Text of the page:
In November, the Minister was unable to confirm to me that that was the case. Through no fault of his own, the noble Viscount, Lord Younger, was not able to clarify that point in our debate on development last week. Can the Minister be very clear: is that promise—made to me in this Chamber—that funding for women and girls is being restored being upheld or will the noble Lord, Lord Goldsmith, have to come back to this Chamber to correct the record?
My Lords, the Government have been clear on this. There are some final discussions to take place—which is why my noble friend Lord Younger, or indeed I, was not clear on that—but, once these figures are finalised, we will of course share them with your Lordships’ House. On the point about my noble friend Lord Goldsmith, he was very clear about the importance that we attach to girls’ education, women’s rights and humanitarian support; at a time of great challenge to the ODA budget, they will remain key priorities for His Majesty’s Government.
My Lords, this is a brutal and corrupt dictatorship that terrorises its people, slaughters protesters, enslaves women, hangs gay men from cranes, sponsors terrorism around the region and here in Europe and is developing nuclear weapons to attack Israel. Can the Minister tell us why the Government have not already proscribed the IRGC? I urge the Minister and the Government to impose much tougher sanctions on the dictatorship’s leadership, so that we can bring this brutal regime to its knees and free the poor people of Iran.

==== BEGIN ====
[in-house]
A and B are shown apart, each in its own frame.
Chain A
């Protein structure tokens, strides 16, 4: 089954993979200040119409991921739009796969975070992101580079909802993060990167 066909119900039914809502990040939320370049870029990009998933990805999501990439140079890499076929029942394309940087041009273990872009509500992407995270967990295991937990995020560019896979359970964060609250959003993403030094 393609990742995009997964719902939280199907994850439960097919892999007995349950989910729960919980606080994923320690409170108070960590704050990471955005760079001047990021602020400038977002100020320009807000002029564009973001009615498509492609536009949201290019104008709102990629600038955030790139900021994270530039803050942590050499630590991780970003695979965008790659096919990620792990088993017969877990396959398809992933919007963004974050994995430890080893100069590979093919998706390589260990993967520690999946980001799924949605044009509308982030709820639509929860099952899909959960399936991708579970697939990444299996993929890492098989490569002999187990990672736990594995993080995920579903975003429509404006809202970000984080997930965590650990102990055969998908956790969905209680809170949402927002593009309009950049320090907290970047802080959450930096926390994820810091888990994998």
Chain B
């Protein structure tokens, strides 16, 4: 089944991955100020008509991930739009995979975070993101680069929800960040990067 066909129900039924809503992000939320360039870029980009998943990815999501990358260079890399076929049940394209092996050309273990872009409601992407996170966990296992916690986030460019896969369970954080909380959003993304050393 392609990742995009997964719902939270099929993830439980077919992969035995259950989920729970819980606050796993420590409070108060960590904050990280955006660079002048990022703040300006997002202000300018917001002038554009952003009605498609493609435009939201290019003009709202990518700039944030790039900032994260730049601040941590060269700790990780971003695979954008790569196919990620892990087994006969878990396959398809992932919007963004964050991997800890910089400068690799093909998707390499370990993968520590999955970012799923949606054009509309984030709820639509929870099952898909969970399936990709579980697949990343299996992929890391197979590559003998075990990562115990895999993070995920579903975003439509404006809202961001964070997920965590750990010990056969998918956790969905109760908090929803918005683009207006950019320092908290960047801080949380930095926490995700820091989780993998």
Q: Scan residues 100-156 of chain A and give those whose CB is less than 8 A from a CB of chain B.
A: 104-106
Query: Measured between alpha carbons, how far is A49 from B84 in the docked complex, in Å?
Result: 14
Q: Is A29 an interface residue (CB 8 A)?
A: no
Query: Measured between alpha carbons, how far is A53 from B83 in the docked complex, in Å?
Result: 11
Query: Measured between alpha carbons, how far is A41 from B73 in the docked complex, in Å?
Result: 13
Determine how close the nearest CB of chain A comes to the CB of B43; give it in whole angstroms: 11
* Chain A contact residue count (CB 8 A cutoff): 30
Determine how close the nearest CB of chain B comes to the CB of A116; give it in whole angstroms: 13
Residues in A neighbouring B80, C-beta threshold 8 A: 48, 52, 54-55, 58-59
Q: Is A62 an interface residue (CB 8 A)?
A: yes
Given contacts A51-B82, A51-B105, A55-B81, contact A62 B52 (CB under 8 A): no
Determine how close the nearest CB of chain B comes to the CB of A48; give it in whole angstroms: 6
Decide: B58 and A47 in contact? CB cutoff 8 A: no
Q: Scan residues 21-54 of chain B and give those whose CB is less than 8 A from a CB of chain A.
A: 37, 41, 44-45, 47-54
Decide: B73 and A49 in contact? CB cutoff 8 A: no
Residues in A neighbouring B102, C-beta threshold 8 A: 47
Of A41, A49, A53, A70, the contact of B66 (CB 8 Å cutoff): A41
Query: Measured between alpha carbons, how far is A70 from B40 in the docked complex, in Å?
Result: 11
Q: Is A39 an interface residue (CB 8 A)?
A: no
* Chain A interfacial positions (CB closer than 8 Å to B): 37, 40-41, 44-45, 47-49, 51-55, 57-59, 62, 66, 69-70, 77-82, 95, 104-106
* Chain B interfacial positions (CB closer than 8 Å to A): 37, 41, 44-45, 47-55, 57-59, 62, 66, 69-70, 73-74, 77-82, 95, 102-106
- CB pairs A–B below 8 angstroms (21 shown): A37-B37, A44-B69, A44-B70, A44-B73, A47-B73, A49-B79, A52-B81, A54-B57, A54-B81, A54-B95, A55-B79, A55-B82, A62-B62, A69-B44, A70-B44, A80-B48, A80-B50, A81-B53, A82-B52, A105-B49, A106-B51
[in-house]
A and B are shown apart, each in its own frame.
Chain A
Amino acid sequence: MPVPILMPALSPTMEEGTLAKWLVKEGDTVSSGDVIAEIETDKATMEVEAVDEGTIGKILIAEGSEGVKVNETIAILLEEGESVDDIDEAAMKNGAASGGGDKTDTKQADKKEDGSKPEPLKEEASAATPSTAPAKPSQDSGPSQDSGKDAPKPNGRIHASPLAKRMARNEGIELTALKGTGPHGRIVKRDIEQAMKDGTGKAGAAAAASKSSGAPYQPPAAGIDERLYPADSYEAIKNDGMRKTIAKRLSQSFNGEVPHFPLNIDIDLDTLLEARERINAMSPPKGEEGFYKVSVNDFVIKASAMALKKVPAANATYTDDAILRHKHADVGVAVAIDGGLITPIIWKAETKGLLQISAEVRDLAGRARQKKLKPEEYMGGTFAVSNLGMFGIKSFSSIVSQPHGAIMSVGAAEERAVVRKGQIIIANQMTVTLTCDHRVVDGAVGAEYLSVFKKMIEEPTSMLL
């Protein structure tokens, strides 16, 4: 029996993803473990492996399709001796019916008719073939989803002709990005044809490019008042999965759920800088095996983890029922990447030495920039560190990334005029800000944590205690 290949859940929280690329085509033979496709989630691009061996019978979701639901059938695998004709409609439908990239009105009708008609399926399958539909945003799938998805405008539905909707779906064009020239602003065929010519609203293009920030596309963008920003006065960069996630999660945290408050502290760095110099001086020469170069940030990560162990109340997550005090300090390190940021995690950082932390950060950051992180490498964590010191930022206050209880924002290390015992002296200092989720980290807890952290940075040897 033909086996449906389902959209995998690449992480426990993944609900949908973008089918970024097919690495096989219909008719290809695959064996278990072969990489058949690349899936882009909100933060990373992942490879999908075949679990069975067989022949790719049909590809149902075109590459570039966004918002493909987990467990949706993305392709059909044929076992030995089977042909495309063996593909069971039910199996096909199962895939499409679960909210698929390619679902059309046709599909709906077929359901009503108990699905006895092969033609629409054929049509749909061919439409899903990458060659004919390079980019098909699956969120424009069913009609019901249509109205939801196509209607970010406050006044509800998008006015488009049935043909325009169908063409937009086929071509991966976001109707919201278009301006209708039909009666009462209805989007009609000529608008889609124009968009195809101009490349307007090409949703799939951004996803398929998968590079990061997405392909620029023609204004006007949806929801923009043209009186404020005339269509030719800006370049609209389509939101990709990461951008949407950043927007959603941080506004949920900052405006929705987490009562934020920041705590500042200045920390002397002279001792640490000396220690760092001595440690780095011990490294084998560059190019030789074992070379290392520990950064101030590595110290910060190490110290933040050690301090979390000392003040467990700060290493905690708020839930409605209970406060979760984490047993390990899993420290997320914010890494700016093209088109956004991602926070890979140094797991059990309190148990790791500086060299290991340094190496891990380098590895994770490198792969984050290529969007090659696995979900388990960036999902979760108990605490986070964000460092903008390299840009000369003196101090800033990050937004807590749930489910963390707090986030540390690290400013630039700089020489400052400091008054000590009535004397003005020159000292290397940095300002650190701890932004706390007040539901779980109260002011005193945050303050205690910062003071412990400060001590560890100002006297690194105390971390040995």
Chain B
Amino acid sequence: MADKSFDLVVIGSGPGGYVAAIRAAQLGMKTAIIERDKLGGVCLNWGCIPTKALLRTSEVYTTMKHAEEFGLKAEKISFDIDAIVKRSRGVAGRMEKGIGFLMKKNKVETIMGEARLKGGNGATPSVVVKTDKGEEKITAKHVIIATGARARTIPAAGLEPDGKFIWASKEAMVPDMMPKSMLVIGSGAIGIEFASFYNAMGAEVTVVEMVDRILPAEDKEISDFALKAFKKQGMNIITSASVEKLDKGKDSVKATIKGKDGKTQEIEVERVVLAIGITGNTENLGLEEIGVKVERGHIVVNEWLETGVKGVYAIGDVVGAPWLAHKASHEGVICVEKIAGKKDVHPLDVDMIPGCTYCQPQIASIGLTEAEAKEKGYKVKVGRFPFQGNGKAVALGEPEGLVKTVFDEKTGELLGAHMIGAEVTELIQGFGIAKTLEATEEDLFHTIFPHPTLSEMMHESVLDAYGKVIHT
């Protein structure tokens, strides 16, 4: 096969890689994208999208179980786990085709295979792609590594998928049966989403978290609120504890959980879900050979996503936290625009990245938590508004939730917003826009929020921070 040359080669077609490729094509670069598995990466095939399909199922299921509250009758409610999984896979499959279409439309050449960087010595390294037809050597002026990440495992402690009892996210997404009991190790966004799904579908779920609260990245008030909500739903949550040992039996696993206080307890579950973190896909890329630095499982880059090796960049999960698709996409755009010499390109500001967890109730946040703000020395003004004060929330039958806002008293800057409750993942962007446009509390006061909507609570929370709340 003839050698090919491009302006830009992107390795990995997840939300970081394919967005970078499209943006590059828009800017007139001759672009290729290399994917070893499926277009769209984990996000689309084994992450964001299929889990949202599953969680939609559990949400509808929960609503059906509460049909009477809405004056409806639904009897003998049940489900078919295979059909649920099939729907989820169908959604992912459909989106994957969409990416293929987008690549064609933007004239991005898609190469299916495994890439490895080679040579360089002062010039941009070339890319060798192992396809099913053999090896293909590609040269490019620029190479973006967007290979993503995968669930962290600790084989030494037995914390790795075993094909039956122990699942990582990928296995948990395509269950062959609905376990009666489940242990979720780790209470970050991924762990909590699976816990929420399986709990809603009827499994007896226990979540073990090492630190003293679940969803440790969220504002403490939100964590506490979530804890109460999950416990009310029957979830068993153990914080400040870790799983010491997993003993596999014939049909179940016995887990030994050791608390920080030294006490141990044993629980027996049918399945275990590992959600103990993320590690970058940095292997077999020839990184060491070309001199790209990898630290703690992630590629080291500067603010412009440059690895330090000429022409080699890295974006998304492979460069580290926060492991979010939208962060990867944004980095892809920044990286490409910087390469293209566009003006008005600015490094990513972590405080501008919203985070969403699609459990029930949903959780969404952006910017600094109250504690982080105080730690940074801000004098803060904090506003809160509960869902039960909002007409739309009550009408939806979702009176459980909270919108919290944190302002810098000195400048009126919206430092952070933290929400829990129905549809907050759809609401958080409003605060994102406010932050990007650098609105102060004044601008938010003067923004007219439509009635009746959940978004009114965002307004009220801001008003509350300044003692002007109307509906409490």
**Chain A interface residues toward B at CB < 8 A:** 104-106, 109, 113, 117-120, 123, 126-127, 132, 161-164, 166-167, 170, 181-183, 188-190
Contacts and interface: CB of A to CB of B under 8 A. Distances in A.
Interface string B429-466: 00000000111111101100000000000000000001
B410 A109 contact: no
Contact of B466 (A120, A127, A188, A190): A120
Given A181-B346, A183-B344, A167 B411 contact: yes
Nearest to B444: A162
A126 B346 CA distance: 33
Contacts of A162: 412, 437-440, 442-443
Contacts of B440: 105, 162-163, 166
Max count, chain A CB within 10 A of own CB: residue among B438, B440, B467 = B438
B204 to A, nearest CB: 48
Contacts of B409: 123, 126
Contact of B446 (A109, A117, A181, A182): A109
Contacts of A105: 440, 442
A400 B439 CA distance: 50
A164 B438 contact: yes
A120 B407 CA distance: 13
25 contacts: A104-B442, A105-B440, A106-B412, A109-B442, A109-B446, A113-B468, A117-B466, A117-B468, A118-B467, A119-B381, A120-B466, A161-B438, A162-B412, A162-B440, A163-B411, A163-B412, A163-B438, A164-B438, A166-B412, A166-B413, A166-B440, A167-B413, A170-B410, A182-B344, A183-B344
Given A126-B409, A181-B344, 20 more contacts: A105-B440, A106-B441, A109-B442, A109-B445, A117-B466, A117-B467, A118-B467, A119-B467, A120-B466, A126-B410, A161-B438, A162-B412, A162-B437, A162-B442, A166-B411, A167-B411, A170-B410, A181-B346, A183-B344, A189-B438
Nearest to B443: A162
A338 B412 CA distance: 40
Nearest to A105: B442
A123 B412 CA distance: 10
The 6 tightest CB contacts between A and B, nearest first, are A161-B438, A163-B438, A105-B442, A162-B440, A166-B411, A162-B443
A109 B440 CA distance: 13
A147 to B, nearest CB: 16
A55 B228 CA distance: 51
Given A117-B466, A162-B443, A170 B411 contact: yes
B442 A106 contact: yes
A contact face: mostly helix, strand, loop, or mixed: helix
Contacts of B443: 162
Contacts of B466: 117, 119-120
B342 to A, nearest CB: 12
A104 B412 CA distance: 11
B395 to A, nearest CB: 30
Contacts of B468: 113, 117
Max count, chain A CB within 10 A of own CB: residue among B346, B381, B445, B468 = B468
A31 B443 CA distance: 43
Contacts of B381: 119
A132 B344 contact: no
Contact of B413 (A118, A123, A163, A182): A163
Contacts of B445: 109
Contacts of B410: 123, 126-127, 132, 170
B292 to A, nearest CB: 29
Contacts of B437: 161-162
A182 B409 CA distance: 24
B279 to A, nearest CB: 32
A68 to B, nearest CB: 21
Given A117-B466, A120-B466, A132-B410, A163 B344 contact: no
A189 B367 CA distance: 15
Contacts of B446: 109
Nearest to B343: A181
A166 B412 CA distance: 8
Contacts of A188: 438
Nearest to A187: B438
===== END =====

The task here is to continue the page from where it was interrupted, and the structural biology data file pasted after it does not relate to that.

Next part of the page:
My Lords, I totally agree with the noble Lord’s opening remarks. It is for all those reasons that we have taken a very tough stance on sanctions, including on individuals and the organisation of the IRGC since 2019. The noble Lord knows that the issue of proscription is something that I cannot speculate on, but I can assure him that both I and my noble friend on the Front Bench for the Home Office—both departments—are very seized and aware of the strong sentiments that both Houses, parliamentarians and indeed the public hold on this issue.
My Lords, we all applaud the brave women and men fighting for the rights of women in Iran against an autocratic regime that sees women as lesser beings with, as a former Ayatollah put it, only half the brain size of a man. While the expulsion of Iran from a UN committee on women is welcome, does the Minister agree that a more powerful condemnation would come from Muslim leaders stating that the behaviour of the Iranian regime is rooted in perverse and dated culture and has nothing to do with the ethical teachings of Islam?
My Lords, I agree with the noble Lord. While I am not a Muslim leader, I am a Minister who happens to be Muslim and I totally and utterly condemn the suppression of women, not just in Iran but anywhere in the world. Women have a pivotal role to play in any society in any country. The evidence is there: where women play a central and pivotal role, societies prosper and countries continue to progress. Iran needs to change its direction now, not just because of what it is doing to its citizens but because its own religion that it claims to follow tells it to do just that.